Epistemological Characteristics

The central circle or the core is complete; only this circle is closed, the other circles are dynamic and have vitality. They are active and open to interact with other cultures and civilizations, but this interaction does not occur indiscriminately. For example, the second circle is cautious in its interaction with other civilizations because it is closer to the core; the third circle opens itself and interacts more freely with other cultures than does the second circle, and does so in a way that permits a number of non-Islamic elements to enter or infiltrate into Islamic civilization. This interaction can be seen in the influence of Aristotelian logic in the study of Arabic, the influence of Roman administration on the Umayyad caliphate, and the influence of Persian culture on Muslims, particularly in methods of administration and governance in the cAbbasid caliphate.

The fourth and the fifth circles interact most with other cultures and civilizations. The influence of the fourth circle on Muslim life is obvious, while the influence of the fifth circle has been very limited. For example, we can see clearly the ways in which Greek philosophy faced severe criticism from Muslim scholars; al-Ghazālī’s book The incoherence of the philosophers [Tahafūt al-falāsifa] is a good example of this. Later, Aristotelian logic faced a similar fate when challenged by Ibn Taymiyya (661–728 AH / 1263–1328 AD). Philosophy did not enter the realm of Islamic civilization until Muslim scholars and philosophers established that logic and reason do not contradict the core, and in fact, reason and logic can even be used to defend the core.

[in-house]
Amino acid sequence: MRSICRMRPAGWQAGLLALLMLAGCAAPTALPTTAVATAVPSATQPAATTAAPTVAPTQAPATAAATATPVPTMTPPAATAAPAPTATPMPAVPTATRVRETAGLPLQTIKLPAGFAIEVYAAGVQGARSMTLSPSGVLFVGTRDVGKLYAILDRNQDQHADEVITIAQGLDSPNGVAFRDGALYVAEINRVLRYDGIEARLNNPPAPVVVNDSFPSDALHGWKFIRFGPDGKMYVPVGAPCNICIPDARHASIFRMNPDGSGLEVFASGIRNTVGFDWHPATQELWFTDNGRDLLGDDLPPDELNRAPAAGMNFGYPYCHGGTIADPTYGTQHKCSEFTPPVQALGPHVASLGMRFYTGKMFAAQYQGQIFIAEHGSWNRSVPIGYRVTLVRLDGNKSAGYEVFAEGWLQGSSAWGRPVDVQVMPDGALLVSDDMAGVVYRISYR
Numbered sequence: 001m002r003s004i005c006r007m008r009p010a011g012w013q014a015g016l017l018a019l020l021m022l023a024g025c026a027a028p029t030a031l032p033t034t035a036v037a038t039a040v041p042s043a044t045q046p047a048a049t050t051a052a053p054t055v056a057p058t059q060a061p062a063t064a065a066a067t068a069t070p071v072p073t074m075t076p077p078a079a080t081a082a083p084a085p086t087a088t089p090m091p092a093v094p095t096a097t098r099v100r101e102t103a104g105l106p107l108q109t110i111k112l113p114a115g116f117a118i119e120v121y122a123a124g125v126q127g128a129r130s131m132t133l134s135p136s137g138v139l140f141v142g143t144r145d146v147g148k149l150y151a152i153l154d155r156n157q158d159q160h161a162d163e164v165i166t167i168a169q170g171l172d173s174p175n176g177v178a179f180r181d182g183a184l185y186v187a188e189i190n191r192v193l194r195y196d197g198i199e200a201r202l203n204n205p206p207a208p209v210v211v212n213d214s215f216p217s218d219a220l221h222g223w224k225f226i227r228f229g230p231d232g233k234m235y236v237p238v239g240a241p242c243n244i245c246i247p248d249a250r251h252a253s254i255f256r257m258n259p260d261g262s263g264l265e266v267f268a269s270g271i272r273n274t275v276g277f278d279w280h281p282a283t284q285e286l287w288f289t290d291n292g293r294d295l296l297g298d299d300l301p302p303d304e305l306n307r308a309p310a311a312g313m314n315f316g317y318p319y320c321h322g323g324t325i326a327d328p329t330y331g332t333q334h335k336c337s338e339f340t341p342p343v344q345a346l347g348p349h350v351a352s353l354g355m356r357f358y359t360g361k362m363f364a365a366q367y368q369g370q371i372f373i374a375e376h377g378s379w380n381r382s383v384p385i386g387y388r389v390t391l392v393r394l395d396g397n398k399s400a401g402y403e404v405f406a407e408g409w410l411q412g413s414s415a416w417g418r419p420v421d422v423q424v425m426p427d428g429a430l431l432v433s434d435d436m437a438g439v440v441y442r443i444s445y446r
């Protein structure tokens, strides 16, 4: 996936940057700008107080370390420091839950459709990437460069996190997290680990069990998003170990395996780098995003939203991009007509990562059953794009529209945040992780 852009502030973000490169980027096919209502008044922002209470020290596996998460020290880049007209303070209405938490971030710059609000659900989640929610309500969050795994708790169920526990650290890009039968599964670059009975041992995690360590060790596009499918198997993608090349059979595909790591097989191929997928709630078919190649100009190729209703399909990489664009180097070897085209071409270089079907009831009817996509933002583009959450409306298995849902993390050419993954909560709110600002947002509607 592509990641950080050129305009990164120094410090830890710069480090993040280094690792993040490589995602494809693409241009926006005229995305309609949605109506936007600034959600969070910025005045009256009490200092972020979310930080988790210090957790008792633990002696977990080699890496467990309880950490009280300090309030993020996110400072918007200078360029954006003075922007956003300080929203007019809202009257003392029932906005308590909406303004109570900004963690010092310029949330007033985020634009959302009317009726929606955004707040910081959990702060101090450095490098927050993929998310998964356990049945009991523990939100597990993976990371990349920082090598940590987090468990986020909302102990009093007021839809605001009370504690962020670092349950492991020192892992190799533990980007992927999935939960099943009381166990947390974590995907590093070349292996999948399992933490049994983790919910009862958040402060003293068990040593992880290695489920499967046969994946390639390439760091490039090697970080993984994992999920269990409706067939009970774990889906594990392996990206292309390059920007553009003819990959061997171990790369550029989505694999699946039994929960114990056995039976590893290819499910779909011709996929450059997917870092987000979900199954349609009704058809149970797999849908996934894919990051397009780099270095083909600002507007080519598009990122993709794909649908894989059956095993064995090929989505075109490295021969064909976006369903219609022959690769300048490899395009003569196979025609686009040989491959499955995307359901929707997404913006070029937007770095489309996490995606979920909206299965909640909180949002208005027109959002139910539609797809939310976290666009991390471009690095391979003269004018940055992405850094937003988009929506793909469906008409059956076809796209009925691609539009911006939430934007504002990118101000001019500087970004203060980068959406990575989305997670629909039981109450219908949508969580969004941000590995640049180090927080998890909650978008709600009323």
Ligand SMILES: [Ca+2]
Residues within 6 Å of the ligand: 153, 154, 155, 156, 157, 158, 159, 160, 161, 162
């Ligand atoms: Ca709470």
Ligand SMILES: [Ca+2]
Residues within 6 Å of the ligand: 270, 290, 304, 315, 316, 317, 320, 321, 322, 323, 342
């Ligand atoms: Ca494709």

[1] Albert Schweitzer, Philosophy of civilization (New York: Macmillan, 1949).

[2] The validity, comprehension, applicability, and simplicity of law are some factors that need to be considered in studying any civilization.

[3] For example, ancient agricultural societies are now considered more civilized than hunter-gatherer societies. Agricultural societies evince more prudent and systematic thought than hunter-gatherer societies and forethought is a distinguishing feature of a civilized society. Such systematic thinking and forethought manifest themselves clearly in the laws of these ancient civilizations. If humans are left to their impulses, society will not progress. Furthermore, a civilized act requires the use of reason to think not only about this life, but also about the hereafter.

[4] For a philosophical and theological introduction to Islam, see Mashhad Al-Allaf, Mirror of Realization (St. Louis, MO: IIC Classic Series, 2003).

[5] See Mashhad Al-Allaf, Dr. Yāsin Khalīl siratuhu wa falsafatuhu wa camāluhu cilmiyya [Dr. Yāsin Khalīl: His philosophy and scientific works], (Baghdad, Iraq: University of Baghdad Press, 1988), pp. 298–302. While Dr. Yāsin Khalīl used this model to clarify the Arabic sciences; the model being used here represents Islamic civilization.